Reading List: Through the Looking-Glass

Just recently I finished Lewis Carroll’s Through the Looking-Glass. 

Through the Looking-Glass is the sequel to Carroll’s Alice in Wonderland and it still portrays the same feeling of mysticism and curiosity as did the first book. Just like the book before it, Alice ventures to another world and meets some odd and irregular characters as the story plays out in a world of illusion.

Something that Carroll plays with a lot through the entire book is puns, wordplay, and property of language. One of my favorite quips that he uses in the book is how Humpty Dumpty says he pays words extra when they work harder, referring to the “richness” of words.

Much symbolism is used throughout the book, for example (without spoiling it in any way) her adventures take place on a chessboard and she journeys as a pawn from one side of the board to the other so that she can become a queen. As I was reading through the analysis of the book and looking at some of the symbolism that is connected with its events and characters, one of the things that caught my reader’s eye was that it said Carroll depicted Alice as a real-life girl named Alice Liddell, which makes me feel a bit stupid feeling that I was probably the only person who didn’t know that!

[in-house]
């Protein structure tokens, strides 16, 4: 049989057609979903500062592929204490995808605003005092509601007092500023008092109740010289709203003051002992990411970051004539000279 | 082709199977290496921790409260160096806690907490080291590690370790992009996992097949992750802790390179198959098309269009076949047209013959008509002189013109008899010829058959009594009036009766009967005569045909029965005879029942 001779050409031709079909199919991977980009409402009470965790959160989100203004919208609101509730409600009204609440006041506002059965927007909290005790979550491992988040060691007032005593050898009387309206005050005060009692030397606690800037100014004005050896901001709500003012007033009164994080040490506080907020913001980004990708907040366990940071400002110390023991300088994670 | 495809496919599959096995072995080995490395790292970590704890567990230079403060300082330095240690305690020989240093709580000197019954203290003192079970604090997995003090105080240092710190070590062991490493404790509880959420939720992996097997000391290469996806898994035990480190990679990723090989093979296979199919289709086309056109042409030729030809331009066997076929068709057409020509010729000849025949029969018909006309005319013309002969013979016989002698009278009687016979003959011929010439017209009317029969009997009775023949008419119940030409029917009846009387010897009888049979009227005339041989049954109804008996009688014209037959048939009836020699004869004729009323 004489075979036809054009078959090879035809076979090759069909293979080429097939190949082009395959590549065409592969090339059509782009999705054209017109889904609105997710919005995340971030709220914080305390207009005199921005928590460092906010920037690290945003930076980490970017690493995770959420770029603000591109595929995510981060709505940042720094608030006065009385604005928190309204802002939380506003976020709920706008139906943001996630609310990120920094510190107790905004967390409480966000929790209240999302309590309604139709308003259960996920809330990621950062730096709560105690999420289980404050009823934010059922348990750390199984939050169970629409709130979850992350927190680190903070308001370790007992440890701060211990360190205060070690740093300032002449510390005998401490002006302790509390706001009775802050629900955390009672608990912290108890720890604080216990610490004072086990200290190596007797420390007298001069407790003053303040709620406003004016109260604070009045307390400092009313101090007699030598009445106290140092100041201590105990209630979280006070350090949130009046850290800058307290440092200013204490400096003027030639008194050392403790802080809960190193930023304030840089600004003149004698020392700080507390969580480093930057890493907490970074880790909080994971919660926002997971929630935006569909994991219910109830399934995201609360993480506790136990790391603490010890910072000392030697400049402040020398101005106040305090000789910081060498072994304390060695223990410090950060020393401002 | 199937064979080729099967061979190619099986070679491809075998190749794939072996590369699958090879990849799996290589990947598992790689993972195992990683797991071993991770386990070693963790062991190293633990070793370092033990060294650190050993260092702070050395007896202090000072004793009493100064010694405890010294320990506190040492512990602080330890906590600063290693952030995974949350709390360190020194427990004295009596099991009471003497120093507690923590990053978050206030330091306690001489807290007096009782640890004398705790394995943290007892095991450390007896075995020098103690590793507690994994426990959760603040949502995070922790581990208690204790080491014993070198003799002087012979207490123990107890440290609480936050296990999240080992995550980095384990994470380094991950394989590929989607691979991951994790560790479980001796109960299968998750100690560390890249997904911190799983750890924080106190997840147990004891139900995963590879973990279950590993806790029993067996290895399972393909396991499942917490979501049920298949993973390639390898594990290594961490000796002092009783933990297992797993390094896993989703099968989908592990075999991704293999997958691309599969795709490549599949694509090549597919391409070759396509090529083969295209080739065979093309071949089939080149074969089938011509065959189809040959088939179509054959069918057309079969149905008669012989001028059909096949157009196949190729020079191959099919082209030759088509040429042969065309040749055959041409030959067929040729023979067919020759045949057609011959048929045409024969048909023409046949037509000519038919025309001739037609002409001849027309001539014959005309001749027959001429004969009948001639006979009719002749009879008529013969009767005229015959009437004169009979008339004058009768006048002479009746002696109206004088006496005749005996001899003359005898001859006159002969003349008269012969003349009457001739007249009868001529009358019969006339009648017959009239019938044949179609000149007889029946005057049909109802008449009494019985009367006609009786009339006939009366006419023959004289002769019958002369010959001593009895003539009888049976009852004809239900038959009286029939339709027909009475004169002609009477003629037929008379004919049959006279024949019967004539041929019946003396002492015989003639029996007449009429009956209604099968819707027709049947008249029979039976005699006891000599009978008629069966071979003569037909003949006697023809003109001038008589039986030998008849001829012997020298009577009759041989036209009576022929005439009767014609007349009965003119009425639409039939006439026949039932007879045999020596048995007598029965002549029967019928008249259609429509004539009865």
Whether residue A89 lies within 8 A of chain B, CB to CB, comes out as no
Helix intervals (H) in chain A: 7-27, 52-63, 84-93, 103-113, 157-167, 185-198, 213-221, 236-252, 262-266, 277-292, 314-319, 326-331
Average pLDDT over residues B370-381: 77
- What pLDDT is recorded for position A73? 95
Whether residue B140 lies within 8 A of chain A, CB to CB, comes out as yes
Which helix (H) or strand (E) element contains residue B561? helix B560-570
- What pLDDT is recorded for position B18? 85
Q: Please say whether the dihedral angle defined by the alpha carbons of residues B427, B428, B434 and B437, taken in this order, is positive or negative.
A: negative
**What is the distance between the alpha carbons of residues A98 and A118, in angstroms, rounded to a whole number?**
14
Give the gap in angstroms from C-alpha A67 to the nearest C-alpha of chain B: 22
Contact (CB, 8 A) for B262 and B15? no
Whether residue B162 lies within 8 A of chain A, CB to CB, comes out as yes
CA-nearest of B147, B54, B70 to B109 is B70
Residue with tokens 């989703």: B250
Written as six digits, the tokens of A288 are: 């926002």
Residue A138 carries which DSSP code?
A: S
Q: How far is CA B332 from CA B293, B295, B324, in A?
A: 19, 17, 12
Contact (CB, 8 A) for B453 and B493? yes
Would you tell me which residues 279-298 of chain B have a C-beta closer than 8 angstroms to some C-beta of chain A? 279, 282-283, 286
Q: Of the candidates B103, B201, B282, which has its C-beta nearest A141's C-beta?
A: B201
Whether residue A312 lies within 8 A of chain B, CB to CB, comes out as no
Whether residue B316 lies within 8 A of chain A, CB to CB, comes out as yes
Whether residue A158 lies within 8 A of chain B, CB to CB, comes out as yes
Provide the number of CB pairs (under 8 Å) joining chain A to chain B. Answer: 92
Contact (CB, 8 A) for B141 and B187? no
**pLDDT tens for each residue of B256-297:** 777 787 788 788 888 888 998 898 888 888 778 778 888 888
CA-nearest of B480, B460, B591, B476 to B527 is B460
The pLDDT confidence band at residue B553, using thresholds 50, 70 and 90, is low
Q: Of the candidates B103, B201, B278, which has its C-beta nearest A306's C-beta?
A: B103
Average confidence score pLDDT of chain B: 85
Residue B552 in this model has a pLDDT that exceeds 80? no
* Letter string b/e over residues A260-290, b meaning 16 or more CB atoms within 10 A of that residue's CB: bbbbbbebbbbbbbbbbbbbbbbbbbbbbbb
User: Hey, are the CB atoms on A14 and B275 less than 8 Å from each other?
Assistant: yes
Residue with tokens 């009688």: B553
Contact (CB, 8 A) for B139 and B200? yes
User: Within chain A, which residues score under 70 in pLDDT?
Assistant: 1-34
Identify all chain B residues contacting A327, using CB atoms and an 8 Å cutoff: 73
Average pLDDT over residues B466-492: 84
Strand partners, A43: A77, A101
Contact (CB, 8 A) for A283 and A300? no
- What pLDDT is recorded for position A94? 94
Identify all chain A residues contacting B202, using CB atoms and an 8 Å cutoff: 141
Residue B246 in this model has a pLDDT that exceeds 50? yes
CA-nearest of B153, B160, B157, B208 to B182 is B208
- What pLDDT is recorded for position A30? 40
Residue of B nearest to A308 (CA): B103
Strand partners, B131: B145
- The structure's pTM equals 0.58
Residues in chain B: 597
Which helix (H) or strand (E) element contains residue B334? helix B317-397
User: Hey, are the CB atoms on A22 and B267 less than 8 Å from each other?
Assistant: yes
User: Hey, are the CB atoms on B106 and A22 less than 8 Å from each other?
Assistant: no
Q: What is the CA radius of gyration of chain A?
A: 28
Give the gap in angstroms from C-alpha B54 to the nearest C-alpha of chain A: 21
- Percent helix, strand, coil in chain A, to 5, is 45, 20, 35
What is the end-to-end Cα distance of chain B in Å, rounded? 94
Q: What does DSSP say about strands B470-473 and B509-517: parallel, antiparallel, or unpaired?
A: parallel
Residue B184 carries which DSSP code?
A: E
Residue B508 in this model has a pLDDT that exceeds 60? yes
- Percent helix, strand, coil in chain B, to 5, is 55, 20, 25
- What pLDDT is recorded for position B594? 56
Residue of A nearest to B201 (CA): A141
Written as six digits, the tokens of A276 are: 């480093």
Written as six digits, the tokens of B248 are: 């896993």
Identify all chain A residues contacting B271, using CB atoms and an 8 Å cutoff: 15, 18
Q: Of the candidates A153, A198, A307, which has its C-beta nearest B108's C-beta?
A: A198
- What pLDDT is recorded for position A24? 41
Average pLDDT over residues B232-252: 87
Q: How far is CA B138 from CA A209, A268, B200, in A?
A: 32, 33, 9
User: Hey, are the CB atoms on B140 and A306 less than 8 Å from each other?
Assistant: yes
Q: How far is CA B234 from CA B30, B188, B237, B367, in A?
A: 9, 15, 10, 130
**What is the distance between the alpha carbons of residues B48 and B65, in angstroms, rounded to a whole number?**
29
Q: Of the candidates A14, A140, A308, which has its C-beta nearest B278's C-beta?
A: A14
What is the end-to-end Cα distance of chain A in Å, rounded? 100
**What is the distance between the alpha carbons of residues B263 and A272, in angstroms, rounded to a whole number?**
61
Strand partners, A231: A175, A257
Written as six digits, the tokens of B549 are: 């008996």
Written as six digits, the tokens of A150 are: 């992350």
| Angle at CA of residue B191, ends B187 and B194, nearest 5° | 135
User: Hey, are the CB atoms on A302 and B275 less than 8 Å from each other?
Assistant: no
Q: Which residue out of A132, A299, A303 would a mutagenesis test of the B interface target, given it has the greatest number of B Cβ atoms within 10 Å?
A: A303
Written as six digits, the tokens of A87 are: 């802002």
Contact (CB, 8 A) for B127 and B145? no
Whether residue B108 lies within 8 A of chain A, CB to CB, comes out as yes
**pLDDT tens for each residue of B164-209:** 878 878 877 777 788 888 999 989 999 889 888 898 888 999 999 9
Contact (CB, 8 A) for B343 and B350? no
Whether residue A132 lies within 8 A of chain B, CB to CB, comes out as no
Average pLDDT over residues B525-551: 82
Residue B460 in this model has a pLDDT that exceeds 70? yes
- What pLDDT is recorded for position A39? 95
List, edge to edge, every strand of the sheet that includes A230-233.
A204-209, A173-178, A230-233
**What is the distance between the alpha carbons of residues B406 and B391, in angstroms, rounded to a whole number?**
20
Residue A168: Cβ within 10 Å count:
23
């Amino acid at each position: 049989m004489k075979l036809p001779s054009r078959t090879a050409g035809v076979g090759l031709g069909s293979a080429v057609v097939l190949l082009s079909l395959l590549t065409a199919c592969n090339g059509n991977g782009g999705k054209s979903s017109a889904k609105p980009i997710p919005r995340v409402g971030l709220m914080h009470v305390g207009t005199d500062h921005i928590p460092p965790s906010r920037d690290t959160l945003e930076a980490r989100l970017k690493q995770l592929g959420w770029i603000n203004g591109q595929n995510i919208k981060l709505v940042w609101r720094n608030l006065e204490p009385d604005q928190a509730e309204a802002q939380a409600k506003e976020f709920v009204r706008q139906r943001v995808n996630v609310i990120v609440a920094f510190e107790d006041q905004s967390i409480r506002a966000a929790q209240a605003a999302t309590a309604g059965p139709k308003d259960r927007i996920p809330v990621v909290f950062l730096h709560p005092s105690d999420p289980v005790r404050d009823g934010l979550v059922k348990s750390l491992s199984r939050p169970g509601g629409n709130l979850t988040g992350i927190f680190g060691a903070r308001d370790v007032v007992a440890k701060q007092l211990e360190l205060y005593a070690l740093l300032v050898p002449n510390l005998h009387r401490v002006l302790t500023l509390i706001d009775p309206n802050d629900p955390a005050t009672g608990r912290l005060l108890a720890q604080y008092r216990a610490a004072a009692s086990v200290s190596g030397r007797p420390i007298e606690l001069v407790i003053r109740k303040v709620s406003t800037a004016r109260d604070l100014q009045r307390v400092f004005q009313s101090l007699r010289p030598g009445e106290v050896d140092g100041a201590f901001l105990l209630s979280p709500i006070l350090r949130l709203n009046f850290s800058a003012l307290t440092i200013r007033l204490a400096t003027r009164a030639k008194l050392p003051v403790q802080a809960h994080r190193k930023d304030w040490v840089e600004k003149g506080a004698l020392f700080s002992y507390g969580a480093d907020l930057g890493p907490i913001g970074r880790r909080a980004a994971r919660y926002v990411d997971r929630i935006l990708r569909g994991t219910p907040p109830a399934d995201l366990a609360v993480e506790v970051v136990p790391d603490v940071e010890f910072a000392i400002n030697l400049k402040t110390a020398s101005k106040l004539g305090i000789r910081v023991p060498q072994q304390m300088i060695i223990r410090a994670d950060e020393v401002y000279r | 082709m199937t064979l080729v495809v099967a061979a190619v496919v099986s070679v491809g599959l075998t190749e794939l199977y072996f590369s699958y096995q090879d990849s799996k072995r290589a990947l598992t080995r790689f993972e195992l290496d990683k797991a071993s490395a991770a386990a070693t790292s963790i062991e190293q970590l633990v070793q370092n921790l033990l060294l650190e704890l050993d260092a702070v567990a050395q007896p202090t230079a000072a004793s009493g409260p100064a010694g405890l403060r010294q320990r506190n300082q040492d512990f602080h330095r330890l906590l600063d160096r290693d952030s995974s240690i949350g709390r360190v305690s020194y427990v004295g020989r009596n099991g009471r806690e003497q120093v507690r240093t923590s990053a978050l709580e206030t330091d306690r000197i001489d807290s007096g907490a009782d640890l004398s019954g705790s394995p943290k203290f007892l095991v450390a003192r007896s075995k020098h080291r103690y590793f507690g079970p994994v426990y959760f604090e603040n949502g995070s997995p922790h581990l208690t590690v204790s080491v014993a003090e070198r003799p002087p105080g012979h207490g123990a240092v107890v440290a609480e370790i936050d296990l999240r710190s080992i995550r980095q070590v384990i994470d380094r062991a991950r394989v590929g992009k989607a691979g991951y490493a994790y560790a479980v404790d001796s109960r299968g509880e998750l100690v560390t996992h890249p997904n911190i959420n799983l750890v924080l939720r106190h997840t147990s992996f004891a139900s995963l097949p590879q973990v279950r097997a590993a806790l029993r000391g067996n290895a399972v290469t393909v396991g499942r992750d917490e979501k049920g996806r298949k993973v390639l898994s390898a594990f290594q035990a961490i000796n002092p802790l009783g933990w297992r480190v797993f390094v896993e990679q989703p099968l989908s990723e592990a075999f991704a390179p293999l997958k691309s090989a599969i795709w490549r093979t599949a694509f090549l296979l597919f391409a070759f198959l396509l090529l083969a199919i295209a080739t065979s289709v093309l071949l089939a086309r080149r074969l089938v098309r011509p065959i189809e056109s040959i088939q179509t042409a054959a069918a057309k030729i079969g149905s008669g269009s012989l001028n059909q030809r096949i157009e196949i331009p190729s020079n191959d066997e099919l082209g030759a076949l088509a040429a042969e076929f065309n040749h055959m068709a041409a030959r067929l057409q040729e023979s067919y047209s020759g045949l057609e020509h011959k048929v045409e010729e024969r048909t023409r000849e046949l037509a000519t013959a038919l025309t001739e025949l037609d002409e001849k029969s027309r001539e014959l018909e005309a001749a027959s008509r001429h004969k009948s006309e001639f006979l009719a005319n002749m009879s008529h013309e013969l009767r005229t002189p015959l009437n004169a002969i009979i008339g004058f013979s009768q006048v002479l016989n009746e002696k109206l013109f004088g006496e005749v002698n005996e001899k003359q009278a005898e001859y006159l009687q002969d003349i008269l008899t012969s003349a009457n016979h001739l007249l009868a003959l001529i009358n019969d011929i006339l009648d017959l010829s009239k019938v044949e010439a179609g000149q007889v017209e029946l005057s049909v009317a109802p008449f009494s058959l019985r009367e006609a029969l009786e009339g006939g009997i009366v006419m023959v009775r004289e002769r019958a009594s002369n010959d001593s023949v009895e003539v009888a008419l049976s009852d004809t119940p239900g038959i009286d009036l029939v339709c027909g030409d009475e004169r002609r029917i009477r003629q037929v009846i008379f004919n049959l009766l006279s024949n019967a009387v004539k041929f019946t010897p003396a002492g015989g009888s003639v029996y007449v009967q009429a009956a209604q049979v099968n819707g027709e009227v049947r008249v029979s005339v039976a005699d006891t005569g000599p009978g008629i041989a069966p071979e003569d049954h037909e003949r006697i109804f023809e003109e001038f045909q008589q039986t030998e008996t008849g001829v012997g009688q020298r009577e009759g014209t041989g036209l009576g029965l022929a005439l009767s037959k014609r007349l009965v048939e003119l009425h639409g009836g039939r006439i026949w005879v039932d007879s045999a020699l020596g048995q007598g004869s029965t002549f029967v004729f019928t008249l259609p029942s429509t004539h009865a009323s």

Through the Looking-Glass, as well as other books by Carroll were written for Alice Liddell, the daughter of one of his friends, to tell of fantastic stories and perils unlike any she had ever heard before. This was the beginning of his stories of Alice in Wonderland, Through the Looking-Glass, and Alice Through the Needle’s Eye. 

The chessboard was a depiction of Alice’s journey into adulthood, as she travelled from one side to the other in pursuit of becoming a queen and the realization and understanding of sophistication that comes with growing up. It’s also been said that a few other characters in the book were based on real-life characters and were evident in the personalities that they were illustrated in. If you’re going to read this book (and I recommend you do) be sure to read the anlities on them! They’ll help you understand the deeper meanings of the events and help you to enjoy the book better!

It was a very inquisitive book and I especially liked it because I was always trying to evaluate the peculiarities and figure out the meaning and symbolism of things as I went along so that definitely kept me turning the pages! It was also a very silly and cute book that I would definitely recommend to anyone who wants to bring out their inner child!




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